Fear Itself #2
Written by Matt Fraction
Art by Stuart Immonen, Wade von Grawbadger and Laura Martin
Lettering by Chris Eliopoulos
Published by Marvel Comics
Review by George Marston
I'll certainly say this for Matt Fraction, he certainly doesn't waste time. Fear Itself does a great job of building an air of paranoia, panic, and pandemonium by moving along with a rapid staccato, focusing on each scene only long enough to serve the story. It's a refreshing mode of event storytelling, as it feels like we're getting the whole picture from reading the main title, but it's not flagging or getting hung up on a particular beat.
Stuart Immonen is proving to be the perfect choice for this book; his linework, aided by his usual inker Wade von Grawbadger and colorist extraordinaire Laura Martin is the perfect blend of depth and deceptive simplicity. With issue number 2 continuing the introduction of the major players, including the much vaunted "Worthy," it looks like all hell is just about to break loose in this title, and the pace has been set perfectly.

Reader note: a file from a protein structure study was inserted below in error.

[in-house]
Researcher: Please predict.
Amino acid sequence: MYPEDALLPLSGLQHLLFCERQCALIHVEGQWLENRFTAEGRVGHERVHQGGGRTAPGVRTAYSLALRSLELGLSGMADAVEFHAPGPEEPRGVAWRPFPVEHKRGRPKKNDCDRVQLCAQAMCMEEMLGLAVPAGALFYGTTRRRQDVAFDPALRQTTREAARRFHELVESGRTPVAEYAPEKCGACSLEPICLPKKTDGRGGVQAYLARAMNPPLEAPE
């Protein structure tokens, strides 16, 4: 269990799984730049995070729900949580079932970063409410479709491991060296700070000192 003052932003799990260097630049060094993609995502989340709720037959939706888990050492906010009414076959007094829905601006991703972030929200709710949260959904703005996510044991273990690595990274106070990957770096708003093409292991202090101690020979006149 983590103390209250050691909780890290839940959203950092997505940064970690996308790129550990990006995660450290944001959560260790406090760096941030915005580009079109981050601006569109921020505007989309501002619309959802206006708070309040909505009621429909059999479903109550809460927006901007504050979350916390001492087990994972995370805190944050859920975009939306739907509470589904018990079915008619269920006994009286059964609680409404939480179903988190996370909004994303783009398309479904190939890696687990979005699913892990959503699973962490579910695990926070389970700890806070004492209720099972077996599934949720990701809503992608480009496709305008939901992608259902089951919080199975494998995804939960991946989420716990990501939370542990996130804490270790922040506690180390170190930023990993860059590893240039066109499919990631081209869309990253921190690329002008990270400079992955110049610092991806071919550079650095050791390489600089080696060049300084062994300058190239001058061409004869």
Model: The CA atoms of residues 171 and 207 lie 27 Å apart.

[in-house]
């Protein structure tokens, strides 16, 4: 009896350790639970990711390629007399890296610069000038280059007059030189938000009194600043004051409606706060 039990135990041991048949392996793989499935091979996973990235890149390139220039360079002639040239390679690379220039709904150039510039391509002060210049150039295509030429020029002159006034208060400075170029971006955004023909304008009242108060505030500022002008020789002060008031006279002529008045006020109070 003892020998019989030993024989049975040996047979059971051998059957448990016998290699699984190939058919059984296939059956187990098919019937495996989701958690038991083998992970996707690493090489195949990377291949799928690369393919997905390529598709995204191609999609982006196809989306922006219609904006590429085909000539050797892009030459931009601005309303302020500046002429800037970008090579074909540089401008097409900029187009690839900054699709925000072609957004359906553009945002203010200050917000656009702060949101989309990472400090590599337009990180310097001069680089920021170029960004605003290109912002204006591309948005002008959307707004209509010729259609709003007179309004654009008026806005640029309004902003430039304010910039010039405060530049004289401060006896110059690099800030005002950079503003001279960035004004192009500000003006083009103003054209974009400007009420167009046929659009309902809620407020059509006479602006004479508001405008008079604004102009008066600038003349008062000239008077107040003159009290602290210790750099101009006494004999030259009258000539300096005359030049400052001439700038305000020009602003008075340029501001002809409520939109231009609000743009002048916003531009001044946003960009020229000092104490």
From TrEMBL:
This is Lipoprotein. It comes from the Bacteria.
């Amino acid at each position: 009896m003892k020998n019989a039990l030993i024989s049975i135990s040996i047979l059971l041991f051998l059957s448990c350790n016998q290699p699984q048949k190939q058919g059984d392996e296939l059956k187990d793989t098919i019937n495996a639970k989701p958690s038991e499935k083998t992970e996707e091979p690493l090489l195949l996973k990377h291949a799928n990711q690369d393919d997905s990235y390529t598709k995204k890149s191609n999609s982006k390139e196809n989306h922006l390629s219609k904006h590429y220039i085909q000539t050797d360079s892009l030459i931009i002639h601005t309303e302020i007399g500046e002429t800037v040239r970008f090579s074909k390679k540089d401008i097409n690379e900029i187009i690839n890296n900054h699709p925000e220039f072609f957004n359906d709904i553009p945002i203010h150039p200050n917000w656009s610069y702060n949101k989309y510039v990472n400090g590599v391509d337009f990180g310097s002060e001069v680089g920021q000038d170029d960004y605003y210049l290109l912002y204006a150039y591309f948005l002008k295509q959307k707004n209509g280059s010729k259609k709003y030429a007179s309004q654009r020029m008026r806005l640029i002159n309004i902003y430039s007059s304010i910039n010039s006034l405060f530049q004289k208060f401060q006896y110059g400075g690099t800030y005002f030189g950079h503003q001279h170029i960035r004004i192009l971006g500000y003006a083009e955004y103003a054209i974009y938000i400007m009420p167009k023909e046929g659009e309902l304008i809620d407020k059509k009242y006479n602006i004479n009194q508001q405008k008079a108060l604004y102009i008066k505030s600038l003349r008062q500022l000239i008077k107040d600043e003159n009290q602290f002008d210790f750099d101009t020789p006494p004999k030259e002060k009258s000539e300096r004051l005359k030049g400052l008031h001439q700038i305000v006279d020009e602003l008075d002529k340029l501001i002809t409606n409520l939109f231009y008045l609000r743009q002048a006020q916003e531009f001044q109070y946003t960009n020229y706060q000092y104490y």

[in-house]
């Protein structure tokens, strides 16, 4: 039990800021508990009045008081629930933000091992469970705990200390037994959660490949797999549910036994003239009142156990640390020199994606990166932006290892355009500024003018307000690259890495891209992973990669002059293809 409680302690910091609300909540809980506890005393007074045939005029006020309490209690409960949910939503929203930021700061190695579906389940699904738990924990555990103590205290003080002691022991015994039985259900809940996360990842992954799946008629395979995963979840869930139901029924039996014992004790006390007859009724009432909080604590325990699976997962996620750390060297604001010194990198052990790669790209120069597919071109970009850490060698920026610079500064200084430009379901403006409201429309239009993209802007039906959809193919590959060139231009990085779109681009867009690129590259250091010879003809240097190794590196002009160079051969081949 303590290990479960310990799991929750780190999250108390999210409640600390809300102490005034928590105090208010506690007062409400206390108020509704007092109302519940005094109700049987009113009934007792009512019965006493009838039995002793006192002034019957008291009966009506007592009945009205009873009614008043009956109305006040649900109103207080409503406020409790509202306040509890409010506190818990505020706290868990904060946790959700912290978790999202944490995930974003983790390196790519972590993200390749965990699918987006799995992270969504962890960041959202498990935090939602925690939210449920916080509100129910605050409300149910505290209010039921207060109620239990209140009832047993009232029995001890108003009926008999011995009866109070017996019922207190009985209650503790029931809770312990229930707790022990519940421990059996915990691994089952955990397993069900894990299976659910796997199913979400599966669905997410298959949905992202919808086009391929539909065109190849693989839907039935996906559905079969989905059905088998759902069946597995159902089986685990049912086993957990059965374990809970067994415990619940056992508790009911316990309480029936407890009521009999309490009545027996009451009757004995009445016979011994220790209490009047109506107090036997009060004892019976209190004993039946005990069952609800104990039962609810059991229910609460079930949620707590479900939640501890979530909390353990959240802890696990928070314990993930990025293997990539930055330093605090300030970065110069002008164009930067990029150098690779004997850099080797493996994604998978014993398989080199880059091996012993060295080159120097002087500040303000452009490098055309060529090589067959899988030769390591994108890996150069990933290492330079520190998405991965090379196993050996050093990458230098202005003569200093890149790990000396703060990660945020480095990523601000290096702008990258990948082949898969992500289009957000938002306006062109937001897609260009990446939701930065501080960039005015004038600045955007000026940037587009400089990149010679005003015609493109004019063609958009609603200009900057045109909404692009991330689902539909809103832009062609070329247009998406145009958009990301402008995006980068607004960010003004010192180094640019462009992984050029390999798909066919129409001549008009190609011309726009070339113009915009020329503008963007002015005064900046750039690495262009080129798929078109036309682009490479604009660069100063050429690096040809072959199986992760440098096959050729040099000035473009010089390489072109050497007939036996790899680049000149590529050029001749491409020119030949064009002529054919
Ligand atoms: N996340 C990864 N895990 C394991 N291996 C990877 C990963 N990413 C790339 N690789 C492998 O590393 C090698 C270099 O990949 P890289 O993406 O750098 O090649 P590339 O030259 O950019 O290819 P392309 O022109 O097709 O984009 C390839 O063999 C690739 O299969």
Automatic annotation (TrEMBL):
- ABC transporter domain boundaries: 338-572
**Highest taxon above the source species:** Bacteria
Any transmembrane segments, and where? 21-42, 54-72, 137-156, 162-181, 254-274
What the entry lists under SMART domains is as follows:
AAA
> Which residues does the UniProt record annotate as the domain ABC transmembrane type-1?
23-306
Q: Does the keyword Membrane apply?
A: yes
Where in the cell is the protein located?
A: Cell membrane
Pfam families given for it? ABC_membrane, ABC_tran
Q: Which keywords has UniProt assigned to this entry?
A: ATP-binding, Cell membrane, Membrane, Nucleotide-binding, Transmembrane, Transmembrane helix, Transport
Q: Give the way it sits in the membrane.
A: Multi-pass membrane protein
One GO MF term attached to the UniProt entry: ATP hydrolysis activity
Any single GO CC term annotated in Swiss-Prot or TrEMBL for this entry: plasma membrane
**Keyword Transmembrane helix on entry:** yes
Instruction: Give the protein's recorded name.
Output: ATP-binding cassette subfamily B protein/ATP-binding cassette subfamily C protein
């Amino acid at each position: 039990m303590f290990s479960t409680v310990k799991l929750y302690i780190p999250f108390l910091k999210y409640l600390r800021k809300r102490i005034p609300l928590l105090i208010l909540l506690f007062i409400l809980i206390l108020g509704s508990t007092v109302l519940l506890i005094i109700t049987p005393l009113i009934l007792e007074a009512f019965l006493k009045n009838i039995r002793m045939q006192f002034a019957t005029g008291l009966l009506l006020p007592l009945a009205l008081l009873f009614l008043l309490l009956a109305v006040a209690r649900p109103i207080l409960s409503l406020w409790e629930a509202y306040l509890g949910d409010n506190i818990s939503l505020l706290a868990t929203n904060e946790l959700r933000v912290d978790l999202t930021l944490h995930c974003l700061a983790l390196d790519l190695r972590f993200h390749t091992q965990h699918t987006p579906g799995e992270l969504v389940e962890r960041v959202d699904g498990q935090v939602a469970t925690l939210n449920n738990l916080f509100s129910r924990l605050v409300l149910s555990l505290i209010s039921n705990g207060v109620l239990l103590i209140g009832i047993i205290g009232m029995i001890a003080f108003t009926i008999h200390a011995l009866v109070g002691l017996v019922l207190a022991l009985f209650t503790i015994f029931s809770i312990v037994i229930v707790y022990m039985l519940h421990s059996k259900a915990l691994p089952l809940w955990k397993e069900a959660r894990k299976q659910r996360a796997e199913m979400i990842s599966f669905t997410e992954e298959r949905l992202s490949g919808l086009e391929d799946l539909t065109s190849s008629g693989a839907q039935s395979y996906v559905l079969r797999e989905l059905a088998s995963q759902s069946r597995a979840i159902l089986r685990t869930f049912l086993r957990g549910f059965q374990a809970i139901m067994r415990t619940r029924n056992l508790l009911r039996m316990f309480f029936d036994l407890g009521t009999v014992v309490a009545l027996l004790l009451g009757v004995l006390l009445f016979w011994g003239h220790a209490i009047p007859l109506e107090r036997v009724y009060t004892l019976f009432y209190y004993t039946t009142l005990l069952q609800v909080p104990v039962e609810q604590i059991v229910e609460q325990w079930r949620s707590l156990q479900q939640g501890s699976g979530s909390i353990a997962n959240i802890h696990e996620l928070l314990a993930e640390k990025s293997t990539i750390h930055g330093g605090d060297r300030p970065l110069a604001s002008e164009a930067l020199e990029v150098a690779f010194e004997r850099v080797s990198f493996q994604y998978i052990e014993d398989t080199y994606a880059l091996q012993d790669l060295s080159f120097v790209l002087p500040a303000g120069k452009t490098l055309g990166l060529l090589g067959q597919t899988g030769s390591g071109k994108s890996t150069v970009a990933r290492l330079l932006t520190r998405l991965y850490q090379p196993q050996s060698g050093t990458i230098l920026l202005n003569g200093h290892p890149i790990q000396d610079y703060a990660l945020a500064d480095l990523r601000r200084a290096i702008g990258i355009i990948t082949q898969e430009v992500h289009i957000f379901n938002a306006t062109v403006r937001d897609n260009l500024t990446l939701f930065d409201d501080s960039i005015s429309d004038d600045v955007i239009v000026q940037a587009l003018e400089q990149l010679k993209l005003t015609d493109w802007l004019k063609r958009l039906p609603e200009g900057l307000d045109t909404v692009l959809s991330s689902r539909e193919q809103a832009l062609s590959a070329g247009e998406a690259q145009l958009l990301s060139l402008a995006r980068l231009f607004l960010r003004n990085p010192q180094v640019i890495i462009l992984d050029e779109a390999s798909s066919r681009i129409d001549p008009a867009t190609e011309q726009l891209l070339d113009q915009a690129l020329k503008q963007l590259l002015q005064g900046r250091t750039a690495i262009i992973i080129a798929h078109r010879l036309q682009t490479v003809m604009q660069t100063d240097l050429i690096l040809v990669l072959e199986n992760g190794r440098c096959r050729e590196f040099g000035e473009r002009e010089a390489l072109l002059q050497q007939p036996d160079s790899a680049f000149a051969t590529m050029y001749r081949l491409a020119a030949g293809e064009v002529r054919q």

Fraction's choices for the hammer-wielders he calls "The Worthy" are varied and, in many cases, unpredictable. It's been common knowledge for some time that Juggernaut would be one of the Worthy, and this issue confirms the theory that Hulk would also answer that call, but some of those chosen are a lot more surprising, such as Titania (with her husband Absorbing Man in tow), and the Atlantean despot Attuma. With appearances from other lesser-known characters such as Tiger Shark, and Thunderball, it's very exciting to see Matt Fraction plumbing the depths of the Marvel Universe, and not sticking strictly with the usual suspects.
With four more Worthy yet to be revealed, and a good chance that at least two of those will be Ben Grimm and the Black Panther, the line up of villains for this story is looking very interesting indeed. On top of that, main baddie Sin/Skadi, and her surrogate "father," the Serpent unleash their Blitzkrieg USA attack strategy, sowing chaos, and destruction across North America, even as the rest of the Asgardians retreat from Midgard, prepared to leave the mortals to their fate.